Carlos is in his history of science class. The professor shows a short clip of Mel Brooks's film Young Frankenstein. Then the class discusses this week's reading, which Carlos got by checking out the copy that was placed on reserve at the library. Didn't we just say that we couldn't legally do stuff like this?
Although the creator of a work usually must grant permission or get paid if someone wants to use or copy his or her work, there are exceptions.
The courts consider all four of the following factors when deciding whether or not something is to be considered fair use.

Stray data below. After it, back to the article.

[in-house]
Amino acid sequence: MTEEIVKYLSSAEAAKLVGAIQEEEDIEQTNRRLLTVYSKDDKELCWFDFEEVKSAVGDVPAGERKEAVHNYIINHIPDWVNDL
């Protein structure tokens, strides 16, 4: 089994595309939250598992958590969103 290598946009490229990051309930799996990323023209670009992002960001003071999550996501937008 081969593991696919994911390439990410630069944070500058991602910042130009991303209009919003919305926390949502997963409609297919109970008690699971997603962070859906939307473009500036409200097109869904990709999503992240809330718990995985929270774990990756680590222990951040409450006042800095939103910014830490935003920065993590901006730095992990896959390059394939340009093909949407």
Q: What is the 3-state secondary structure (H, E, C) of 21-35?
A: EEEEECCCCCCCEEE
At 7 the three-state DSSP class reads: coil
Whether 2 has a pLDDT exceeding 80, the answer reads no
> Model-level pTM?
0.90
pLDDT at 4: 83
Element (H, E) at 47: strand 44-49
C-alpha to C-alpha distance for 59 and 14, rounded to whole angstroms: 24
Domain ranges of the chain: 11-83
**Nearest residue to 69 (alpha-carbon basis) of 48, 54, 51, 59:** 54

- noncommercial, nonprofit, or educational purposes
- "the nature of the copyrighted work"—for example, if the owner of the copyright intended the work to be photocopied or otherwise duplicated
- "the amount and substantiality of the portion used in relation to the copyrighted work as a whole"—for example, copying one page probably isn't OK if what you're copying is a one-page pamphlet
- "the effect of the use upon the potential market for or value of the copyrighted work"—this means, you do not take away profit from the copyright holder
(17 USC 107)
For more information on fair use, see the US Copyright Office explanation or watch this video.
For more information on copyright and reserves, see UCLA Library Copyright Policy.